Walden Bello fails to deliver privilege speech after House adjourns | Inquirer News

Walden Bello fails to deliver privilege speech after House adjourns

Akbayan Rep. Walden Bello INQUIRER.net PHOTO

Akbayan Rep. Walden Bello INQUIRER.net PHOTO

MANILA, Philippines–Akbayan Rep. Walden Bello was supposed to deliver Wednesday afternoon a privilege speech on his withdrawal of support for President Aquino, but his speech will not be entered in the congressional records because he was not able to read it on the floor.

Sulu Rep. Tupay Loong called for the adjournment just minutes after the session of the House of Representatives opened, citing a lack of quorum.


Bello told reporters he did not think the session was cut short to muzzle him.

Felt alluded to when the President called his critics on the Mamasapano massacre “KSP” (kulang sa pansin or attention seekers) in his Monday speech, Bello decided to cut his ties with the administration he and his party-list group helped bring to power in 2010.


‘Sleeping with the enemy’

“It seems that the President’s idea of an ally is someone who follows Malacañang’s line without question and without hesitation. It seems that an ally raising legitimate questions and criticisms is seen as sleeping with the enemy,” Bello said in his undelivered privilege speech, a copy of which he distributed to reporters on Wednesday.

“The President, unfortunately, has a problem listening to people. When it comes to constructive criticisms and suggestions, he is tone-deaf,” Bello added.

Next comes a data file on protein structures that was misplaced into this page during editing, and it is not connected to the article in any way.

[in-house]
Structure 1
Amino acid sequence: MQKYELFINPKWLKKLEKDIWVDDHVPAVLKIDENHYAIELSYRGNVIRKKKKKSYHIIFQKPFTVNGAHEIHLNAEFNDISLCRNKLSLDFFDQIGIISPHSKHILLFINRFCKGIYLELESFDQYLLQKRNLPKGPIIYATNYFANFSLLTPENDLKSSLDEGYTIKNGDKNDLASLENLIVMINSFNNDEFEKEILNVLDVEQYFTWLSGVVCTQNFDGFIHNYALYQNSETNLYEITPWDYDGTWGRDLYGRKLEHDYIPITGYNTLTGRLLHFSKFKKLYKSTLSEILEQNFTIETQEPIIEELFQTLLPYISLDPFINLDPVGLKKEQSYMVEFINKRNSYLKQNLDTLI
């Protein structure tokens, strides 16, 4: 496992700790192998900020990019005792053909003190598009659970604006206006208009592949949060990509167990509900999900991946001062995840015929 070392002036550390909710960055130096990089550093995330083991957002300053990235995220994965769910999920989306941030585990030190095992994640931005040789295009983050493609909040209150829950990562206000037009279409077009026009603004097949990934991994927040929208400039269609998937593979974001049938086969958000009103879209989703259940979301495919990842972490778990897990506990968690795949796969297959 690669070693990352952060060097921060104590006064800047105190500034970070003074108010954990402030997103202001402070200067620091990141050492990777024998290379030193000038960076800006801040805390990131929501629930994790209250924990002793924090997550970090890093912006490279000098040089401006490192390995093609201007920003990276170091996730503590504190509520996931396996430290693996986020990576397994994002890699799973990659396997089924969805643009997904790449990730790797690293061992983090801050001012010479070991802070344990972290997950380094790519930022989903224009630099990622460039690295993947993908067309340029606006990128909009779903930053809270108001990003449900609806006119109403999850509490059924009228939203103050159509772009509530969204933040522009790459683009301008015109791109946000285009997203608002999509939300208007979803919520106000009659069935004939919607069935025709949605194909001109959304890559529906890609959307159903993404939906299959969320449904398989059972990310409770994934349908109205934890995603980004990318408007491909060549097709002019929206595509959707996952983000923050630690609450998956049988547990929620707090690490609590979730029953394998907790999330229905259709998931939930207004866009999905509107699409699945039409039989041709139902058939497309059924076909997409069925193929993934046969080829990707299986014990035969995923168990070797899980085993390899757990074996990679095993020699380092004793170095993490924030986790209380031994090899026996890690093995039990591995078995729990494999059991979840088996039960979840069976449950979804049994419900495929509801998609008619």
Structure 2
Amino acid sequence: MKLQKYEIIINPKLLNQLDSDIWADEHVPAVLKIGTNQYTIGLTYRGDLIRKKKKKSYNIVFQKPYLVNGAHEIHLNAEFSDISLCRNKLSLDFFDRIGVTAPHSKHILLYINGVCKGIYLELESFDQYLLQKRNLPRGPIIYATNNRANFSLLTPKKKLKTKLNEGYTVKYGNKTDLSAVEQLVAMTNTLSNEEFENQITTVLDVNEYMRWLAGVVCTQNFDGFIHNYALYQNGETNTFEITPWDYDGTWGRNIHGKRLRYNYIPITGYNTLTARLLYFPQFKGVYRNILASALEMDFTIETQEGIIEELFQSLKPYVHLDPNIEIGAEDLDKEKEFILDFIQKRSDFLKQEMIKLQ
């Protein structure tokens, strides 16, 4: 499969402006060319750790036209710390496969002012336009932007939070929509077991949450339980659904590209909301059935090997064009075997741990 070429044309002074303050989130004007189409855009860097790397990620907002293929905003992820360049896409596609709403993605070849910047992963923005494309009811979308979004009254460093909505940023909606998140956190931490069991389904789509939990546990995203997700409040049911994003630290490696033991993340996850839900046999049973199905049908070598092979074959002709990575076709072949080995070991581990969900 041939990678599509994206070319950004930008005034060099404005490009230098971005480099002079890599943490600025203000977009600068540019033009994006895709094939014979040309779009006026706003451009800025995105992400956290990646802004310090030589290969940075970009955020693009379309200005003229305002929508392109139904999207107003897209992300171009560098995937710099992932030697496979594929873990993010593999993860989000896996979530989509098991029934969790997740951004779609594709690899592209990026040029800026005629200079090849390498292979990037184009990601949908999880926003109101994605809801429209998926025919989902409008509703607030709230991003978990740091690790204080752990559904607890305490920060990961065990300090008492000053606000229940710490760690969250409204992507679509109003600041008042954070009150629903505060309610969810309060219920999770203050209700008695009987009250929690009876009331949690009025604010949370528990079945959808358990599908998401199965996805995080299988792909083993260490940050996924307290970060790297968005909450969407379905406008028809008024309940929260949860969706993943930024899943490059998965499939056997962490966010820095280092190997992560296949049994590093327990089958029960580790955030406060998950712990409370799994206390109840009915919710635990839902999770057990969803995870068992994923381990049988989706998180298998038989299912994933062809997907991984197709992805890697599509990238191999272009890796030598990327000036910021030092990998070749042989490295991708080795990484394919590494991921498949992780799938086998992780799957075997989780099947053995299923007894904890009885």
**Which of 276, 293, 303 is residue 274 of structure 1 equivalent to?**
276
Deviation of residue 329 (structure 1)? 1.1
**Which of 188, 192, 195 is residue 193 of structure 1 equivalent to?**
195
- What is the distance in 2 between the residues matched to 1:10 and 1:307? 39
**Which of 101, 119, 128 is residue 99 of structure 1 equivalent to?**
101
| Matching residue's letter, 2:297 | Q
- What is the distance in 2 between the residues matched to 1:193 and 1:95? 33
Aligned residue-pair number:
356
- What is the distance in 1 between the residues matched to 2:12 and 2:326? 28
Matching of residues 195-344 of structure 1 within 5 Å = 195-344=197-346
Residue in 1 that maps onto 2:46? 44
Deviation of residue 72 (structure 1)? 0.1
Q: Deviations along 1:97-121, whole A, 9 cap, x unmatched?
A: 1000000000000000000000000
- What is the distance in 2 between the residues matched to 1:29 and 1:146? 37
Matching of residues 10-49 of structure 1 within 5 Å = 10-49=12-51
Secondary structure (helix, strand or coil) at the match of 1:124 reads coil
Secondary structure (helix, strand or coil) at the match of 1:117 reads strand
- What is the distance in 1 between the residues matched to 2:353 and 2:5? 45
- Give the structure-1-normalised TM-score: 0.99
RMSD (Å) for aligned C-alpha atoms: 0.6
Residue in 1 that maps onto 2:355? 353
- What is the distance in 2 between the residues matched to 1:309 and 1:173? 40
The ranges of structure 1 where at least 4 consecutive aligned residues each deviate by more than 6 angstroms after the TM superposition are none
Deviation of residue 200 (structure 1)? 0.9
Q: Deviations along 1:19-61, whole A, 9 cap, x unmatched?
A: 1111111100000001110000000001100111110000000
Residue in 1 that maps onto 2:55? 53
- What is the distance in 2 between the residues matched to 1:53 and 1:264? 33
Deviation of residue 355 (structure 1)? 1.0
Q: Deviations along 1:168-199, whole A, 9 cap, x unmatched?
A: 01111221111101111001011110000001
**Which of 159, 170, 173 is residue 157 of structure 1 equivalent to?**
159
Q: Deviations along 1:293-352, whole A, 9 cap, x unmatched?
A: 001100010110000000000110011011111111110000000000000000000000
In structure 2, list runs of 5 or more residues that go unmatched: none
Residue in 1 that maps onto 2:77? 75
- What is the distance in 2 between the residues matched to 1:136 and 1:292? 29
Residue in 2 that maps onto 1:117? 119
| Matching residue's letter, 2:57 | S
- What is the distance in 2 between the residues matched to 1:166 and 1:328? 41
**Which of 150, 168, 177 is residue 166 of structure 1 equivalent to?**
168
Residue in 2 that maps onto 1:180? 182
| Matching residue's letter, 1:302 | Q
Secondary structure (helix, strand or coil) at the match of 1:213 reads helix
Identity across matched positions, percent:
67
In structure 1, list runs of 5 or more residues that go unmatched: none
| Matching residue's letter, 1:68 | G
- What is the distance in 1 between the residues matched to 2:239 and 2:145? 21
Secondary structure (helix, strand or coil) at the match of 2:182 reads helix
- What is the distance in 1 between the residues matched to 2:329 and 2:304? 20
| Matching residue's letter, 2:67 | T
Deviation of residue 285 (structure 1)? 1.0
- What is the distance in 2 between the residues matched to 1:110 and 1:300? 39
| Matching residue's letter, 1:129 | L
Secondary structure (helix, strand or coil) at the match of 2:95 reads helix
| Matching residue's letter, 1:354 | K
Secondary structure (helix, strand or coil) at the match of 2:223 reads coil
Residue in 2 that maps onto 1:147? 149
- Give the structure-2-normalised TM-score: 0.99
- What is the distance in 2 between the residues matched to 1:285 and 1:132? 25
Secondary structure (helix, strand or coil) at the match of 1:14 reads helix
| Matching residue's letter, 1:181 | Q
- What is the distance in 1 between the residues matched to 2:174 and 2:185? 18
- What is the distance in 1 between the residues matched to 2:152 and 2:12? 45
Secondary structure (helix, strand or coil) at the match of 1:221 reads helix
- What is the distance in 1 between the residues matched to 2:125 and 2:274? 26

He reckoned that the President made an “already tragic event” worse by avoiding questions on his responsibility for the death of 44 Special Action Force (SAF) commandos while being more interested “in expressing his regret at the resignation of Director General Alan Purisima as Philippine National Police chief than getting at the truth.”

Exonerating Aquino

Bello said he was floored by the President’s speech on Monday in which he placed all the blame for the failed mission on sacked SAF chief Getulio Napeñas while exonerating and defending himself and Purisima from possible findings of guilt and responsibility by the PNP board of inquiry.

The lawmaker said differences between him and Akbayan’s leaders had cropped up over the party-list group’s continued support for the President.


Bello’s replacement

Bello said he would vacate his post on March 19 or a day after Congress adjourned for its annual summer break.

Akbayan’s third nominee, Angie Ludovice Katoh from Zamboanga province, will replace Bello, said the second Akbayan representative, Ibarra Gutierrez III.

In his undelivered speech, Bello wished that his colleagues would pass the proposed Bangsamoro Basic Law that would create a Moro region, reopen the Mamasapano probe, pass the bill extending the Comprehensive Agrarian Reform Program and enact the freedom of information bill.

Of no import

Speaker Feliciano Belmonte Jr. said Bello’s defection from the majority coalition in the House was of no political import.

“Well, numerically, [it is a loss], but really, considering more than 92 to 93 percent of [representatives] belong to the majority in Congress, it doesn’t really matter if one or two drop out,” he told reporters on Wednesday.

Belmonte said no loyalty check was necessary among the 260 or so members of the majority in the 290-strong chamber, amid the fallout from the Mamasapano debacle.

“There’s no need at all for a loyalty check because their actions speak louder than any loyalty check,” Belmonte said.

Urged to stay